I had been investigating how to develop software for mobile applications. I took a look at the development environment XCODE and Objective-C for Apple (iOS) devices.
At first I thought that developing code in Objective-C should be easy, because my programming background is in C/C++. But on closer inspection this turned out not to be the case. Objective-C is significantly different to C and developing applications using it involves a steep learning curve.
There is no point in developing an application for the iPhone or iPad if you don’t put it in the Apple App Store. The process for getting an application accepted by Apple is not so easy.
What would happen if you spent months learning Objective-C and developing an application and then Apple reject your application to have the app put in the App store?
In that case you would be really up the creek without a paddle, because you would have nothing that you could reuse. The only option would be to throw it all away.
There is an alternative to using XCODE and Objective-C and it’s called Phonegap.
Wait, things get even better. Phonegap allows you to create apps for all of the popular mobile platforms including iOS and Android and the less popular platforms such as Blackberry and Windows Phone.
It gets even better: because you are using these technologies, all of the plug-ins which are available for website development are immediately available for your mobile application.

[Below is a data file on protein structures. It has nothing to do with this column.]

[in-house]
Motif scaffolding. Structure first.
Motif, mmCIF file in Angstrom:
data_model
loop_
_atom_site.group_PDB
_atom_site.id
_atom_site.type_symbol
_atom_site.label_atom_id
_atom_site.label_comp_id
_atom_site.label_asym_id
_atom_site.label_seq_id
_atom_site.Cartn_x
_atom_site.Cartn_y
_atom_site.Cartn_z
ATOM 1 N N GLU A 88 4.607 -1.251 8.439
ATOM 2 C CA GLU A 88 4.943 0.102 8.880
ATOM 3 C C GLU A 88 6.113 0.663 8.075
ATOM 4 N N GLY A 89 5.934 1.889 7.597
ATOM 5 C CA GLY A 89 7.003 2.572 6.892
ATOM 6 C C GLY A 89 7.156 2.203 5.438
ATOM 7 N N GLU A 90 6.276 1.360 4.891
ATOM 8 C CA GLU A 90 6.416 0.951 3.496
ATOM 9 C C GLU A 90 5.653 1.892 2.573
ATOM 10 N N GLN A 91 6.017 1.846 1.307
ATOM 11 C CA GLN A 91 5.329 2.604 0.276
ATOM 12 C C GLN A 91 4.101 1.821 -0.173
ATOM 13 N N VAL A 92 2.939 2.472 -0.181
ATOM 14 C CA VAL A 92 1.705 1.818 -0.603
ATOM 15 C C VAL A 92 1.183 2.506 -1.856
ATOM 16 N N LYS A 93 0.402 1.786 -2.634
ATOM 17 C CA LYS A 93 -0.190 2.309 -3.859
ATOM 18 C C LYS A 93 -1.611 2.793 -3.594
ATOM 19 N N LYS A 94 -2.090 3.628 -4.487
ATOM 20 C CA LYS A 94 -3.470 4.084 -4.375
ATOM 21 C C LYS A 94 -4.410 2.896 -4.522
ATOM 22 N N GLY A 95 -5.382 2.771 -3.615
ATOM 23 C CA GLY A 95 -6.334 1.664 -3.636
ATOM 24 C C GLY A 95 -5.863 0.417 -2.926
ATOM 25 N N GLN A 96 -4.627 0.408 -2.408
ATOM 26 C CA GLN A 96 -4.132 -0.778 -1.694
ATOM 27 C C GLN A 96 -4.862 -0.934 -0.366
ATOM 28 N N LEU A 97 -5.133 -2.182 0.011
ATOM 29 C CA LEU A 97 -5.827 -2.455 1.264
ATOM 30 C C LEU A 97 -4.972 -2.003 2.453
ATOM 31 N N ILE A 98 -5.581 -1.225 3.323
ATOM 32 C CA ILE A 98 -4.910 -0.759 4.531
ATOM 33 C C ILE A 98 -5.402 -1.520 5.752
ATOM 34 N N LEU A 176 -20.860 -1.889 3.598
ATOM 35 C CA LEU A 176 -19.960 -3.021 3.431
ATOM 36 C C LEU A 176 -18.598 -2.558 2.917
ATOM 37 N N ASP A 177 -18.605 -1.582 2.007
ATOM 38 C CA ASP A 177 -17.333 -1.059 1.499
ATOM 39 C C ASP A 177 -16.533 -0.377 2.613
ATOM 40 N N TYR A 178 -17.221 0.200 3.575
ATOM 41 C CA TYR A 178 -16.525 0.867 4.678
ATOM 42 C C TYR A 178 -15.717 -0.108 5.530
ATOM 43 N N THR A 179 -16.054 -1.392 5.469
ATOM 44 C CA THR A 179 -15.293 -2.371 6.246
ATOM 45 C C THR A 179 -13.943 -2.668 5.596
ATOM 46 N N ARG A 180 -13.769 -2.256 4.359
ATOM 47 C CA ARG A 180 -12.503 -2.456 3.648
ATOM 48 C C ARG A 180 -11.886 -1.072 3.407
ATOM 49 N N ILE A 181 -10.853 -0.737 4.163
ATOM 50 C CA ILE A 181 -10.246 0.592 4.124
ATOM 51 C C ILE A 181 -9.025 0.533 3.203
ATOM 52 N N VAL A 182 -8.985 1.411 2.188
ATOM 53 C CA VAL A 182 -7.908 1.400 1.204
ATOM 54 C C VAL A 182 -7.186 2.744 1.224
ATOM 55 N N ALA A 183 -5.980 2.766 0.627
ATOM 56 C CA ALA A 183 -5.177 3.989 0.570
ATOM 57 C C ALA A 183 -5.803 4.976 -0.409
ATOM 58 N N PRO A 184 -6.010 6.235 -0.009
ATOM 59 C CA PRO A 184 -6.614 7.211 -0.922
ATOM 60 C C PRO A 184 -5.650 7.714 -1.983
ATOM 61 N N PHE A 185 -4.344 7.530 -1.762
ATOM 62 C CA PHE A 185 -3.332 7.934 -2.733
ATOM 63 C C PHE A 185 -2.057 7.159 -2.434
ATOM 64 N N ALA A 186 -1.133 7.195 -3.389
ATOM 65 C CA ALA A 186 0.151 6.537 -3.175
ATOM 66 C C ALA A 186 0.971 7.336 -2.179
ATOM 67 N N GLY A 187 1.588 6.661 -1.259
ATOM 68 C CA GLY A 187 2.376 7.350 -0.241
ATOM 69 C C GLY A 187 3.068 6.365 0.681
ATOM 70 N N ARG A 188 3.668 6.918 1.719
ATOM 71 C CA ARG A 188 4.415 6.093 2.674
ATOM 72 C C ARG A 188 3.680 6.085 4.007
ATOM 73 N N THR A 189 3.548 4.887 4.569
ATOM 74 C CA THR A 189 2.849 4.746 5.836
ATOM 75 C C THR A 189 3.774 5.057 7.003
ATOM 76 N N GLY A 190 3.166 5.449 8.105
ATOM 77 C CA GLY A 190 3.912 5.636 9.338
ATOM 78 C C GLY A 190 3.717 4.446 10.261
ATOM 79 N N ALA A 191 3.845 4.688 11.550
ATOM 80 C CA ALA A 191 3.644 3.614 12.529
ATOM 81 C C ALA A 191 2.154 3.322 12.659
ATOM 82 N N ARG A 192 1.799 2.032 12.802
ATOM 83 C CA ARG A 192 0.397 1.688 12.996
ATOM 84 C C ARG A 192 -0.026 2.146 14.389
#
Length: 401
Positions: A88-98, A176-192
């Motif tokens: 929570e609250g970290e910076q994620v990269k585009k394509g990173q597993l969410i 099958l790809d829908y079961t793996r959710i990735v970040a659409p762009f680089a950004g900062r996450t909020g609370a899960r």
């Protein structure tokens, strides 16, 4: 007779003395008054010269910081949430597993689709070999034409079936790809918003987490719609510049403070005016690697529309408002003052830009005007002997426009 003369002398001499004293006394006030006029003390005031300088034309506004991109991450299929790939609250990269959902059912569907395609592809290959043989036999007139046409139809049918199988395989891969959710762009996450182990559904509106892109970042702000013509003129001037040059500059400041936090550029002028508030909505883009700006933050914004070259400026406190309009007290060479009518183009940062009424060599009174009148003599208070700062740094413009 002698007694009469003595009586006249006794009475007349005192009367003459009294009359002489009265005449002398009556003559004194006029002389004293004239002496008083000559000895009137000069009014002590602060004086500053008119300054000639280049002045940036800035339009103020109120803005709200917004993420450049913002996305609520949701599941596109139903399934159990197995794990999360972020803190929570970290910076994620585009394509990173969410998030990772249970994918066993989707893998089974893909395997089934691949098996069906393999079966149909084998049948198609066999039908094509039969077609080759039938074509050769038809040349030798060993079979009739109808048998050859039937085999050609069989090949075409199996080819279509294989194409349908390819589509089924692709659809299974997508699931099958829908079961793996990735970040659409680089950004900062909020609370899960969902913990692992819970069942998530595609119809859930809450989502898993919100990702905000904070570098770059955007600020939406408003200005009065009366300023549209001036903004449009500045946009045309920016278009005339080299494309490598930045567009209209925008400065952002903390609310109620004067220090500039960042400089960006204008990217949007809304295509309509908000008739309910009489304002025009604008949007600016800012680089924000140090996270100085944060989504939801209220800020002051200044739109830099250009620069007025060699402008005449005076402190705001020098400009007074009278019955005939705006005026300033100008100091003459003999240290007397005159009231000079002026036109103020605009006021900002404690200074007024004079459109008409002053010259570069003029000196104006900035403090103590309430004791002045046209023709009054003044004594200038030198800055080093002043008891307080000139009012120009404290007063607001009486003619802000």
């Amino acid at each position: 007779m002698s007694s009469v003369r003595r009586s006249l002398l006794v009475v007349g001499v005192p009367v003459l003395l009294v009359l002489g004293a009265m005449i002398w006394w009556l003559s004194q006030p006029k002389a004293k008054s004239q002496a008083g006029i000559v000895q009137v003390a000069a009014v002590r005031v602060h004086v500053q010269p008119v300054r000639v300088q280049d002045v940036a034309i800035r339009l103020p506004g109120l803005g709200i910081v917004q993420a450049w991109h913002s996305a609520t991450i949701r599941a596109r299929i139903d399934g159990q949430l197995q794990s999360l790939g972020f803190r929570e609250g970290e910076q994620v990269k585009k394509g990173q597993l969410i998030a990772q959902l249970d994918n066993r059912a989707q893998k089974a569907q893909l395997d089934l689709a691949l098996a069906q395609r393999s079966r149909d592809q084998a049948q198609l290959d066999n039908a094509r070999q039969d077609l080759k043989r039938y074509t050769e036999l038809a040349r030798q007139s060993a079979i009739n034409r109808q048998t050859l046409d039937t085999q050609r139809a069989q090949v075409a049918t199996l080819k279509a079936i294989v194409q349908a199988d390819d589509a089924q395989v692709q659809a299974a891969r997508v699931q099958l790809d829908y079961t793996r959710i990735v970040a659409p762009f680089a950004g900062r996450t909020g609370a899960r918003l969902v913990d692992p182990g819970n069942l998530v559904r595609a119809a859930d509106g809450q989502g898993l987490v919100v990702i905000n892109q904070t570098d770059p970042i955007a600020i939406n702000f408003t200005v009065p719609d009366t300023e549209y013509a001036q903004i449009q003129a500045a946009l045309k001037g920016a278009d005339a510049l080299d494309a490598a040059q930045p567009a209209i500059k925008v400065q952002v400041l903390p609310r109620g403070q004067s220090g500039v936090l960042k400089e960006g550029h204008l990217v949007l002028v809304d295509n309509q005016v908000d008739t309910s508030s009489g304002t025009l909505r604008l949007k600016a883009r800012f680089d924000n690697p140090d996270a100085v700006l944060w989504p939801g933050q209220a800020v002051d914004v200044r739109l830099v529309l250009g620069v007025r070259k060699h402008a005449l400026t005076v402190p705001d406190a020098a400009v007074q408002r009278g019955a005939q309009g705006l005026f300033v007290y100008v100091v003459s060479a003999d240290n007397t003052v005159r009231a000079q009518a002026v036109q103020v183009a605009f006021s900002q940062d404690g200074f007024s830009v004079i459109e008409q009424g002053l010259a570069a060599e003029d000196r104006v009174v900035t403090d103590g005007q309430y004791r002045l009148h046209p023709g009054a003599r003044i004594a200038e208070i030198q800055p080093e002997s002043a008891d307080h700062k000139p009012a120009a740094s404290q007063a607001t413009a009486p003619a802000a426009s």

This means that software such as jQuery, jQuery Mobile, Moo Tools, Dojo, Prototype, YUI, etc are immediately available for use in your application.
Phonegap is available for download at www.phonegap.com
Of course, if you want to develop mobile applications for iOS, you still need a MAC and XCODE, but the nut is now easier to crack.
Applications developed with Phonegap are accepted by Apple in their review of applications for the App Store. It’s possible that they could change this, but I think that it’s unlikely.
The disadvantages of Phonegap. Not many, but your application will probably run a bit slower than a native application, so it’s probably not the direction to take to develop games apps, but apart from that it seems like a great solution.
If you develop an application with Phonegap and it doesn’t get accepted into the Apple App Store, it’s not the end of the world, because the same code can be used for Android and other devices and with different CSS styling it can be used as a web page.
Note also that HTML5 is the norm if you are taking this direction, so you have to be careful if you want to write code that works both on mobile devices and websites which could be accessed by those using older browsers which do not support HTML5.
If you would like me to develop a Phonegap application for you, I would be pleased to hear from you.